Fiona was just settling into what she thought was her dream job when Accenture acquired her employer, Cloud Sherpas. A couple of years later, she’s had the opportunity to work on projects she’d never otherwise have access to – and the best is yet to come.
It’s a big deal when you decide to leave a job and move on. I’d taken the time to find a new role in a boutique company I really wanted to work for, gone through the resignation process – and finally I was ready to move on to the next stage of my career.
So, it was a bit of a shock when less than three months after I started, Accenture announced it was buying my new company!
My initial reaction was “What the…?”
This wasn’t what I’d signed up for! But I knew I had to pivot my way of thinking. I’m quite matter of fact and take things as they come. I decided: “This is what’s happening. You’ve just got to get on with it.”
Once the shock wore off, I realised as far as the client work went, I would continue to work for many months on the same project, with the same team – all good.
Initially, I was a bit overwhelmed by the sheer size of Accenture – and all the acronyms! But gradually, I realised the advantages of working in a large community of like-minded people.
In Australia, the acquisition of Cloud Sherpas created a 200-strong Salesforce practice, and we can also draw on the expertise of 16,000 Salesforce-skilled professionals around the world. It’s a huge resource pool to tap into, to ask questions and get advice from people who’ve tackled the same problem before. We have subject matter experts in so many areas and people are always fast to respond and willing to help.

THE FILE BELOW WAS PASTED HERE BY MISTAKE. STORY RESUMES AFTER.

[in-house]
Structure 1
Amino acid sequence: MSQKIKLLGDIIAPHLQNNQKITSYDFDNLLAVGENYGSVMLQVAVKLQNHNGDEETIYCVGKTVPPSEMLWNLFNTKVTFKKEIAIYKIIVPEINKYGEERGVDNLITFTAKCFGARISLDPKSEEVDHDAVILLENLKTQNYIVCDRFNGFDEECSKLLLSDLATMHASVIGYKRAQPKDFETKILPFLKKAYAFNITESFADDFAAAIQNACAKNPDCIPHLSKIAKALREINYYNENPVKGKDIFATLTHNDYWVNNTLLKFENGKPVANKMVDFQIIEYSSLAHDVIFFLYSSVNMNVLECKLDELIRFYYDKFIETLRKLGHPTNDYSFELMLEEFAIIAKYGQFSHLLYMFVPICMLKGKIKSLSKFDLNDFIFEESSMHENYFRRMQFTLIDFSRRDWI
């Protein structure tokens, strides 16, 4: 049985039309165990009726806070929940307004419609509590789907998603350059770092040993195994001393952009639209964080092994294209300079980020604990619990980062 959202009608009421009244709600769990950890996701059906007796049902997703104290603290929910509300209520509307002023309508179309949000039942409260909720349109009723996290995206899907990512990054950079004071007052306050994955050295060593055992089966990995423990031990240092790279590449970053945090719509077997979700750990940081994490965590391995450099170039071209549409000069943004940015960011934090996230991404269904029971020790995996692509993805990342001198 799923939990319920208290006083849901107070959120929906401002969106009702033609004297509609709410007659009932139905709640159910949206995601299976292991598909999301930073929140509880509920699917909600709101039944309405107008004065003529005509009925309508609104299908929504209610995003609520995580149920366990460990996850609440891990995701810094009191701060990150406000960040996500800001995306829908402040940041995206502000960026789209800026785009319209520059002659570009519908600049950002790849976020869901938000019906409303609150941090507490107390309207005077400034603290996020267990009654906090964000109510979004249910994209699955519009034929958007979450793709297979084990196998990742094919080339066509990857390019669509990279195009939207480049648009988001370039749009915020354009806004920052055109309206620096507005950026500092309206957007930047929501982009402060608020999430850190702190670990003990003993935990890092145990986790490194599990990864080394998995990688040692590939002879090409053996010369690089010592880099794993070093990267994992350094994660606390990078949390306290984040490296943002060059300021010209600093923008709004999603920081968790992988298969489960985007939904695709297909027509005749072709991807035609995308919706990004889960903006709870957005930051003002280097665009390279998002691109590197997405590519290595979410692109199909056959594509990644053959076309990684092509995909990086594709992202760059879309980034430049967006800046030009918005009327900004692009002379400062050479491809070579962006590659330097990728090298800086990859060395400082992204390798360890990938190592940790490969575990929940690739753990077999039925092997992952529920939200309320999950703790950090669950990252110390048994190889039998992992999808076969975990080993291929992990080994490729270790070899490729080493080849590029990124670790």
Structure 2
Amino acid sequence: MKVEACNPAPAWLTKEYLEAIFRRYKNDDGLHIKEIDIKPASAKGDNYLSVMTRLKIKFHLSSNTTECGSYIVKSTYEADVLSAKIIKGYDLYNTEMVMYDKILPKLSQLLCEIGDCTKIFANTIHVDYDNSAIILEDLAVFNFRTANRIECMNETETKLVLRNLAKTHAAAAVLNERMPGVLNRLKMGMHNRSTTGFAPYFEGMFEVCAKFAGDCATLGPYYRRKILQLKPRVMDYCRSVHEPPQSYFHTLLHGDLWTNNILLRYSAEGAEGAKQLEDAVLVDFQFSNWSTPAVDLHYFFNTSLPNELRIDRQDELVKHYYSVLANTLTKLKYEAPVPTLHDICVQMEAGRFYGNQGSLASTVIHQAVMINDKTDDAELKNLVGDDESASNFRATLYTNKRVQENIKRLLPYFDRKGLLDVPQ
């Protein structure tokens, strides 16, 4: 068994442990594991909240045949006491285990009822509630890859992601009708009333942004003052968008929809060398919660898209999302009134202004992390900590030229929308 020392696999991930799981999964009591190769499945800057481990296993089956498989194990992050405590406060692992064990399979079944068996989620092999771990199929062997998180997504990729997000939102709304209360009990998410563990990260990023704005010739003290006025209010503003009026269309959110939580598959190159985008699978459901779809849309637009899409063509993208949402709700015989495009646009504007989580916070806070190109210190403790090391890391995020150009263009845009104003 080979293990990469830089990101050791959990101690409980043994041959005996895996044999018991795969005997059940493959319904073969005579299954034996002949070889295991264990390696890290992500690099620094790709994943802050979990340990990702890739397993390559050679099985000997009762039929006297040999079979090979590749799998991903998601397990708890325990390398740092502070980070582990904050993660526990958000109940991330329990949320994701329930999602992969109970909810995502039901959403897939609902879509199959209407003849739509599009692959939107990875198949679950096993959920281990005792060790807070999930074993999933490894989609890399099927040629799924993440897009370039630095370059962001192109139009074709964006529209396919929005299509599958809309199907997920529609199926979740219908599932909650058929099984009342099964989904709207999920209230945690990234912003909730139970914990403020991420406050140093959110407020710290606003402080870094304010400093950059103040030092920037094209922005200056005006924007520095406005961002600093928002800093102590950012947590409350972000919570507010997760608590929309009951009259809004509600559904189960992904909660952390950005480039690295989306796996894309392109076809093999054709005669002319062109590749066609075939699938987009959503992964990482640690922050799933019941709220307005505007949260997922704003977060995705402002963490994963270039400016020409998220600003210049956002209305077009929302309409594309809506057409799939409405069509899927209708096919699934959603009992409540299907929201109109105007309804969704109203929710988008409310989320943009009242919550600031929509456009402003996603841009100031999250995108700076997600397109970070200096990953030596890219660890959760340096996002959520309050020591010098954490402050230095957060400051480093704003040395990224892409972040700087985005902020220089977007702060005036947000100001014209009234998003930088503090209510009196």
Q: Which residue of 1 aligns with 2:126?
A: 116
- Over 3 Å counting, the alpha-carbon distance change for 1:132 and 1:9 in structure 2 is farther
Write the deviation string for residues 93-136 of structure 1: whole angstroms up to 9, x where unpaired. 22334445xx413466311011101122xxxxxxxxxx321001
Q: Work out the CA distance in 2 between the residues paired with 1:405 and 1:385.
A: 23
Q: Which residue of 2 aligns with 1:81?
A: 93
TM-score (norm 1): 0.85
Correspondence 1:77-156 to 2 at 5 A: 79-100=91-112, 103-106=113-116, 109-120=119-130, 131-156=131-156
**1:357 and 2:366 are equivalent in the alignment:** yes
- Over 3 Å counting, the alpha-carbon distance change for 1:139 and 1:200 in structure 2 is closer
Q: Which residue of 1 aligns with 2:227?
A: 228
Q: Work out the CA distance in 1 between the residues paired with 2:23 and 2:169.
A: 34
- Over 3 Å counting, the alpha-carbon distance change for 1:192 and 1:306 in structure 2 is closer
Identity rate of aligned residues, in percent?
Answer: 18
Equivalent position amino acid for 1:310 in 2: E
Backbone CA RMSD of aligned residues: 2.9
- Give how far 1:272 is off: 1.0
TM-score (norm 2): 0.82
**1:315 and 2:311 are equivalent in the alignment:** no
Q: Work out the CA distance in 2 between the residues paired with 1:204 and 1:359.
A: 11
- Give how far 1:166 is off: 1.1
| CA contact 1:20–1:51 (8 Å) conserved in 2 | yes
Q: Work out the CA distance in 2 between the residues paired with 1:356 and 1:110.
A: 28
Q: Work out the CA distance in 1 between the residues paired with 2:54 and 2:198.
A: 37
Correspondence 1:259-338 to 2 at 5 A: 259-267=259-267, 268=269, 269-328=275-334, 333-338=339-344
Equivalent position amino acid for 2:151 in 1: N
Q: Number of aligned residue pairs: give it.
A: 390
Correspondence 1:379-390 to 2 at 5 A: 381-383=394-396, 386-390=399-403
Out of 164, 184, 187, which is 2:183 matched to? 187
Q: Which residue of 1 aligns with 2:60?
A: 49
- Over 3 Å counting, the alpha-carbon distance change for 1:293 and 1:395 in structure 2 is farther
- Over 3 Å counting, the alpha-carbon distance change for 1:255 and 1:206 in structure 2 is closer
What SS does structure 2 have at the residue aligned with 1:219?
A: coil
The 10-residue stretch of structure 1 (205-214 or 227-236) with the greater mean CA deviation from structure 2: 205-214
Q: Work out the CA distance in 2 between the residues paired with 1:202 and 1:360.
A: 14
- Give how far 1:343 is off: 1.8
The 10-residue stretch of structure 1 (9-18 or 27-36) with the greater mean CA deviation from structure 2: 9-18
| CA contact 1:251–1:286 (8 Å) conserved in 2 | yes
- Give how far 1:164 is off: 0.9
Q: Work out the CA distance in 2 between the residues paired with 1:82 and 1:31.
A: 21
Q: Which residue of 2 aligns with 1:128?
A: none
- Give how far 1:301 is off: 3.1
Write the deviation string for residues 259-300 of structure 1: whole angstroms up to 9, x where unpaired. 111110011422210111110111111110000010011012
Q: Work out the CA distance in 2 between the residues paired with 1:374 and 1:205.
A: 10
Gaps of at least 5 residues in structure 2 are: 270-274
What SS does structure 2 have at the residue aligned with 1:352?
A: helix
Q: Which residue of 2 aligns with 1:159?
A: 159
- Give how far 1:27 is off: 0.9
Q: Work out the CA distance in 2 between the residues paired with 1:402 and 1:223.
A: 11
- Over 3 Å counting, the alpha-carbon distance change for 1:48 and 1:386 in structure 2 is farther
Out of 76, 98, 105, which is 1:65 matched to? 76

The culture of knowledge sharing is massive. I once had a client who wanted a bot as part of their solution. Within a day, I was on a call with someone in the US who not only answered all my questions, but also gave us a demo we could take to the client. That type of reach and speed is pretty impressive.
Can you tell I’m passionate about Salesforce? Check out my stickers!
It took me a while to understand all the different places you can go to for information. We have a learning portal, a people page and an amazing Salesforce wiki with information on projects in flight. Then there is also about 19 channels on ‘Teams’, including a ‘Help me!’ channel. We use Teams to connect and collaborate with people. It’s super handy for building relationships with people before you meet them.
We work hard, but we play hard too
We all share wins, birthdays and shout outs on the Teams 'Party Zone' channel and try to use our community budget at least once a month. In Melbourne, we recently had an amazing race organised around the CBD. Other times we’ll just order in pizza and have a Nintendo Mario Kart game off.
With the Melbourne Salesforce team
I’ve also had opportunities I wouldn’t have necessarily had in a smaller company. I’ve attended great training locally and internationally. For the last two years I was lucky enough to organise our World Tour event. And I recently took on training responsibilities – not something I’ve seen before in smaller practices.
Helping people is my motivation. I love watching projects evolve until we’ve found the solution. It’s a point of pride for me when we go live. And it’s fantastic when we do cool stuff and have it recognised externally. I worked on the Momentum Energy project that won the Salesforce Innovation of the Year award in 2017.
So, despite my initial misgivings, a couple of years down the track, I’m still here and still excited about a future where I can only see our practice growing and growing.
My advice if you get swept up in an acquisition